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A woman speaks on her cell phone in front of a Rogers Communications Inc sign in Toronto April 22, 2014.

© Mark Blinch / Reuters

The head of Rogers Communications Inc. says the telecom industry needs to stop trying to scare people into buying more data and start making it easier for them to know why it's worth the price.

"We need to change the philosophy of how we sell data so it's as easy as buying petrol," Guy Laurence, who has been president and chief executive of Toronto-based Rogers since December, told a CIBC conference in Montreal.

Drawing an analogy between buying gasoline for a car and data for a smartphone, Laurence said in his view the auto industry does a much better job.

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"Instead of having a little yellow light on the dashboard, we send out messages going 'Oh, my God! You're nearly at your limit!" Laurence said Wednesday.

"If you want to go out to the lake or the mountain or something. . . what you spend on petrol isn't the big issue at the end of the day. That's where we need to get to."

Laurence, who headed British carrier Vodafone UK before joining Rogers, has been vocal about shaking up the company – which has one of Canada's three national wireless networks and other businesses and the country's biggest base of subscribers.

However, in a May briefing with reporters, Laurence flatly rejected the idea of selling "unlimited data" packages – an option sold at some smaller carriers but not by the Big Three: Rogers, Telus Corp. and BCE Inc.'s Bell.

Laurence's comments on Wednesday continued to expanded on his message that consumers will be willing to pay for the data they need if they see value in what they can get with it – often content, such as sports and entertainment.

Over the past year, Rogers has spent billions to increase its wireless data capabilities and committed to spend billions more for rights to content, such as National Hockey League games for 12 years starting with the 2014-15 season.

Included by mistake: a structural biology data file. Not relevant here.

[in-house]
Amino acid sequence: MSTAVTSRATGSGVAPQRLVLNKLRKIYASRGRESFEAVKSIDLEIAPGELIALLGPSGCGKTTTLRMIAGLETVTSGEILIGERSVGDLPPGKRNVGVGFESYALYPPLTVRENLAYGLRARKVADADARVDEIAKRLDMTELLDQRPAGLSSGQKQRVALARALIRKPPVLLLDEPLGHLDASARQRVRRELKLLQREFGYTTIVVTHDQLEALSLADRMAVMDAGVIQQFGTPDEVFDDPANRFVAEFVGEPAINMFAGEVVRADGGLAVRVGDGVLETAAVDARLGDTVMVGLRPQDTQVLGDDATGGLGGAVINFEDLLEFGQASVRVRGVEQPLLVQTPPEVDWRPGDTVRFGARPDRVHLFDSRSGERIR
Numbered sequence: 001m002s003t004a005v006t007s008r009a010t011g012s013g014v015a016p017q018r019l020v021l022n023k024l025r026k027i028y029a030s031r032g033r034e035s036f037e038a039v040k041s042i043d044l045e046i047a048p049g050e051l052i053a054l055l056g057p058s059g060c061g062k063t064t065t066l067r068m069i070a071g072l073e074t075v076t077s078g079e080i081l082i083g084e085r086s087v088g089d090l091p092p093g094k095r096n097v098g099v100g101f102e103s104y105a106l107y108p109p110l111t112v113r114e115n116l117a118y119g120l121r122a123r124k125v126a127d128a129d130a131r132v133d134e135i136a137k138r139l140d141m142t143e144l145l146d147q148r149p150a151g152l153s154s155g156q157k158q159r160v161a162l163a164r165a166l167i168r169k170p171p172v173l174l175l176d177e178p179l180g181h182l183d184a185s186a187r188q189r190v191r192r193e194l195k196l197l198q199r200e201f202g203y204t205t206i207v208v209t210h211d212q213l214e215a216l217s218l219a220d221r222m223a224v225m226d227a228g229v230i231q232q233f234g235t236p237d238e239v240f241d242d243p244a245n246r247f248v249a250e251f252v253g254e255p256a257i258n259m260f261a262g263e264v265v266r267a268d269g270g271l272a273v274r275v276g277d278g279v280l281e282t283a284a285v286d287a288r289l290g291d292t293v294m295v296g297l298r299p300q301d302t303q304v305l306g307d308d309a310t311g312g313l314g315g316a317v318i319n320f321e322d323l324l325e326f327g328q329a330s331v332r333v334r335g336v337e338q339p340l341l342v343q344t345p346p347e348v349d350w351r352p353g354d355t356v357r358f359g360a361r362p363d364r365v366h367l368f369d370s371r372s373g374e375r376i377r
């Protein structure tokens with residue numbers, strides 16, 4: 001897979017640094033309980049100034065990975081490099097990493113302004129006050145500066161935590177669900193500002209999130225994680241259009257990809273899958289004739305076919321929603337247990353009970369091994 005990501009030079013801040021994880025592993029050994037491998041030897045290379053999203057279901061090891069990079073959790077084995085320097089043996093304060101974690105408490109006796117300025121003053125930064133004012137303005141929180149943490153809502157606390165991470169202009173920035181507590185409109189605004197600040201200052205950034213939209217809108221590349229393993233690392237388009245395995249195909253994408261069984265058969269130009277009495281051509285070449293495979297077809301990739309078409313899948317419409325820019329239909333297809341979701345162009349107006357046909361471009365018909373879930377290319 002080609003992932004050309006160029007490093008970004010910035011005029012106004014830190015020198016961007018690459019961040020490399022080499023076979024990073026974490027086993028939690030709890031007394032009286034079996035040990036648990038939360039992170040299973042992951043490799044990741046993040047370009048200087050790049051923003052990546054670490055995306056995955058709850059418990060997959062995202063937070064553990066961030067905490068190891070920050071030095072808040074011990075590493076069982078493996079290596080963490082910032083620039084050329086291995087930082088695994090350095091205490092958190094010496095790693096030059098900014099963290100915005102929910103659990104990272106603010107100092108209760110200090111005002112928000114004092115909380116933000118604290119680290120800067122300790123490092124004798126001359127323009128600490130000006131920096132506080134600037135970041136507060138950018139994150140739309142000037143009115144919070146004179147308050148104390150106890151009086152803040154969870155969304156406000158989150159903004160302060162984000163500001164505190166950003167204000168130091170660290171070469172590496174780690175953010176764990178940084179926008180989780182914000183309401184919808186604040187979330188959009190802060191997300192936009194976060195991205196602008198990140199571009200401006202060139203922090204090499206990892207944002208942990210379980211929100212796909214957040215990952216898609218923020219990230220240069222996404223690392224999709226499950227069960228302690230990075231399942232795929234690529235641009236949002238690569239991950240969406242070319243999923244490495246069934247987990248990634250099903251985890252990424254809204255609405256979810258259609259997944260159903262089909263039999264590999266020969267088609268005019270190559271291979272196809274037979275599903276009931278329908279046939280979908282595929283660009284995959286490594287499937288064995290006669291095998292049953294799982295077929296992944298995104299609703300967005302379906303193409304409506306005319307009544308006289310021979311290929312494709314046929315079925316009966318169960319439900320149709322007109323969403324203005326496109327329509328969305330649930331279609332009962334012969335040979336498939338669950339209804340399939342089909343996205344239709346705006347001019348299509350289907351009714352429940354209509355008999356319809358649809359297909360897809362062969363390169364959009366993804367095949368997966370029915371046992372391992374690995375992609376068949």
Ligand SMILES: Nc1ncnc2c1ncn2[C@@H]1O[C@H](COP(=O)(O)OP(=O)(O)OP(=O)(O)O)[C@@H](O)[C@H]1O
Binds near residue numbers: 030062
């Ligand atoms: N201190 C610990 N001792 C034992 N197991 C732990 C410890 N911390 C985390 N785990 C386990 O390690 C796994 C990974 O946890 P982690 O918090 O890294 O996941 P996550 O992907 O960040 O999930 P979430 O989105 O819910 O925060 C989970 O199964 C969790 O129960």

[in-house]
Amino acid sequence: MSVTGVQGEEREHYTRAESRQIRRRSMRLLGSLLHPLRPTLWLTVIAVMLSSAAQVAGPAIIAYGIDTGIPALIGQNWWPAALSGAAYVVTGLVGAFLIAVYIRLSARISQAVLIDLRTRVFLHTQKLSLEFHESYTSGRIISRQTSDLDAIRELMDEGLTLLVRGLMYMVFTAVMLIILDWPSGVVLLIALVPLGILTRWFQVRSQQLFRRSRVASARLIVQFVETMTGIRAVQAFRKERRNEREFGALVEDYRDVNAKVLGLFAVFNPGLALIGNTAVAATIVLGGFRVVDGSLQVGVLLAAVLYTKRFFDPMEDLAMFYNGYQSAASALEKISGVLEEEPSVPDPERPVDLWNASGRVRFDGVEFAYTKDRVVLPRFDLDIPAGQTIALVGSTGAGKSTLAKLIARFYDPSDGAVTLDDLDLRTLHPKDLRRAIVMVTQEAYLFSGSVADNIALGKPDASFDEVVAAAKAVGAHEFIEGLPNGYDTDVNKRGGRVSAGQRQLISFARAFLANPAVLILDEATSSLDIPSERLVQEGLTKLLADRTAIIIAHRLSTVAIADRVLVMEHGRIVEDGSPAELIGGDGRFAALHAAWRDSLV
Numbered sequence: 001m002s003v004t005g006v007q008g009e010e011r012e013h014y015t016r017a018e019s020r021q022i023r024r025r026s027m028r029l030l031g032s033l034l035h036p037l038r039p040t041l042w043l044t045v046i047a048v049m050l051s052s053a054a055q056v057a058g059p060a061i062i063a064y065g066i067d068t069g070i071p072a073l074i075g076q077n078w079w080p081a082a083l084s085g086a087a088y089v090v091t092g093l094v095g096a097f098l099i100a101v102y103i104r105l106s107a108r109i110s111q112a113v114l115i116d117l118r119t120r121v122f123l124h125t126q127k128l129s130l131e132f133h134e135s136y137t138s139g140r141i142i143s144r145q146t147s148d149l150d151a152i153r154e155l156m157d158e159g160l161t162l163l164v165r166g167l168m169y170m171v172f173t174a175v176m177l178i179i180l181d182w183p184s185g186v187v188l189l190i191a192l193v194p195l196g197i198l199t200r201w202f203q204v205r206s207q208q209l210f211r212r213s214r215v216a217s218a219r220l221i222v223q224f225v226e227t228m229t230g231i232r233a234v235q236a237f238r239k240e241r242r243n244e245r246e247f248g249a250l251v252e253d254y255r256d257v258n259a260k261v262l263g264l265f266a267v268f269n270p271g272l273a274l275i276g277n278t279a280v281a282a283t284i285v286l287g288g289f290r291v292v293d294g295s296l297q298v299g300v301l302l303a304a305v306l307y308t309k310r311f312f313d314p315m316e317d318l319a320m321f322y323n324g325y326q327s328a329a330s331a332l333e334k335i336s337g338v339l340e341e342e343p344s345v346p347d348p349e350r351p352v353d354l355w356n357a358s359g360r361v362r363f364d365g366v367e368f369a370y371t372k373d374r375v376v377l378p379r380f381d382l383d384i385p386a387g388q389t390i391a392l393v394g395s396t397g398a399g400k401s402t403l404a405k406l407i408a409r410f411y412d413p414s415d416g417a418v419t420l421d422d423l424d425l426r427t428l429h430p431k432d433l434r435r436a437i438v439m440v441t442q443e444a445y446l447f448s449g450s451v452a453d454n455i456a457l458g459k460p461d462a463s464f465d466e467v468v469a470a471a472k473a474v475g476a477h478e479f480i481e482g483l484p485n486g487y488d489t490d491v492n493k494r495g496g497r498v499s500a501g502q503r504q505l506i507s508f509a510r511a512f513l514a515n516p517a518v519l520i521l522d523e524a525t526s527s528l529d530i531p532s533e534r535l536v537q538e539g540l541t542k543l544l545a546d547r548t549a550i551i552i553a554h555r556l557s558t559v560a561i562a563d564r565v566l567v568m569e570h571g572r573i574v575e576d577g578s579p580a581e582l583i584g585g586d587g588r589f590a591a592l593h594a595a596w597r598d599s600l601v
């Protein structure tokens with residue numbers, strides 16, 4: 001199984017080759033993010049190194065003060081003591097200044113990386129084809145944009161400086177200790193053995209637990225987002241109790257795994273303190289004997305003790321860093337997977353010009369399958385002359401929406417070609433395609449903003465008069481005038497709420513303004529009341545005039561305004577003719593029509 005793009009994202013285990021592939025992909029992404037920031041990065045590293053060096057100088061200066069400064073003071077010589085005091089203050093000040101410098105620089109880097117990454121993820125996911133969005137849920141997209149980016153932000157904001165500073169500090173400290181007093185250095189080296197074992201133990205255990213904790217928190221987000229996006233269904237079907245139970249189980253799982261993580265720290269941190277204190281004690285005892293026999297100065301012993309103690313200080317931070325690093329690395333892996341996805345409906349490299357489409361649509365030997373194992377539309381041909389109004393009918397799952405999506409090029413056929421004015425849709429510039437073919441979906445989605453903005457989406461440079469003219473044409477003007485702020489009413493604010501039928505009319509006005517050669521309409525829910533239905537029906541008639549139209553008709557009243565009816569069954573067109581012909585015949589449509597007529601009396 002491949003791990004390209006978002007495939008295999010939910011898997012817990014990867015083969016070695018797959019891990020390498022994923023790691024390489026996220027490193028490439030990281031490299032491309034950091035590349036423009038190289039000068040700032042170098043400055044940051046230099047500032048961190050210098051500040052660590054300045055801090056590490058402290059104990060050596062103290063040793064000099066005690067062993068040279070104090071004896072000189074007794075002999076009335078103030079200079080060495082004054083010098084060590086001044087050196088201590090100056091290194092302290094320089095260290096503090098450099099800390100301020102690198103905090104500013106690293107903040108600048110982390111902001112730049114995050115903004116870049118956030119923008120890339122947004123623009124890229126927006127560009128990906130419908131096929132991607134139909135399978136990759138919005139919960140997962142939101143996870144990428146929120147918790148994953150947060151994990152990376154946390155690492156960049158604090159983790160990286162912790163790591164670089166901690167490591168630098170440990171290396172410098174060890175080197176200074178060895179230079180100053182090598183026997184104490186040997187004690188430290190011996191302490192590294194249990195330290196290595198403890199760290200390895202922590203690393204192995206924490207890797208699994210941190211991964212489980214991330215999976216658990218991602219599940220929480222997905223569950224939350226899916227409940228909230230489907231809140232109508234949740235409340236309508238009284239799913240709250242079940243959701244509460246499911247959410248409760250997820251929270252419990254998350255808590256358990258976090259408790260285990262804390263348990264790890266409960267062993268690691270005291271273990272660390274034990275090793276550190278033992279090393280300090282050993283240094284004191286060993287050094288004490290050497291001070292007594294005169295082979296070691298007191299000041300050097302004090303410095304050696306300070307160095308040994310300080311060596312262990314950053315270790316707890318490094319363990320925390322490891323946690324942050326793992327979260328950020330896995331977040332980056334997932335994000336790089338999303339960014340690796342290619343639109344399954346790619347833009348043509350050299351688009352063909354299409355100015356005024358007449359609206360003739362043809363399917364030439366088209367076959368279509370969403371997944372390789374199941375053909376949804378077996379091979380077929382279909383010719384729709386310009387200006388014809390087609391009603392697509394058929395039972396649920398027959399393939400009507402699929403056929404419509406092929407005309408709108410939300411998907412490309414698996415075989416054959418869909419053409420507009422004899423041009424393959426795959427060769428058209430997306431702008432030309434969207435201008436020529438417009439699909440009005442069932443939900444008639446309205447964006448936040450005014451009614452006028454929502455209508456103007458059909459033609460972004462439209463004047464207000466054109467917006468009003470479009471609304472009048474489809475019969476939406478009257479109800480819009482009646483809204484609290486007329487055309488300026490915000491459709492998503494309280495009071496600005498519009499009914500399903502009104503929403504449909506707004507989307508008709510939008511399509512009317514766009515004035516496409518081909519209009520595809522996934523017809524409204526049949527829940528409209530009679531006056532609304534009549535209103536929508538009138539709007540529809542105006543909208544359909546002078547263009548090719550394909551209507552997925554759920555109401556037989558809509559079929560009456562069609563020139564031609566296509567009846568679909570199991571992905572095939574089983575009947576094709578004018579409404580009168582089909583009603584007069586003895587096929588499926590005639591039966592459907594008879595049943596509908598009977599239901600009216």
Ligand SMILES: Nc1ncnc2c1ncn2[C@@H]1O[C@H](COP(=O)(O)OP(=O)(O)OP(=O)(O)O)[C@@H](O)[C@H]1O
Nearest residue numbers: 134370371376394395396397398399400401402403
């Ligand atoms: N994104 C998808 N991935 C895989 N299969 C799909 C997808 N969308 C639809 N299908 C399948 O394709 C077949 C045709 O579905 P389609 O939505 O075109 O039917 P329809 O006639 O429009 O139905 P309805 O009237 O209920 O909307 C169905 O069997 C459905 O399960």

Laurence said that Rogers bought the "appropriate amount" of 700 megahertz wireless spectrum earlier this year when it bought 22 licences across the country for $3.29-billion – by far the largest single purchase in an auction that raised a record $5.27-billion from various bidders.

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"We fundamentally believe that Canadians will consume huge amounts of content on their mobile phones. In order to facilitate that, you need big pipes in the sky, spectrum. . . . .And that's what we bought," Laurence said.

"It's a 20-year decision. If you get it wrong, there's no way back. So therefore it was critical that we got the right amount of spectrum now, just ahead of the demand curve which we expect to monetize when it comes."

As for $5.2-billion deal for NHL hockey rights, announced shortly before Laurence officially took the helm but after he was selected for the job, he said Rogers believes that a lot of Canadians will watch on connected tablets.

"And there you start to see the two parts of our belief coming together. One is that content is important and secondly that it will be consumed through mobile. Certainly, that's what we've seen in Europe."

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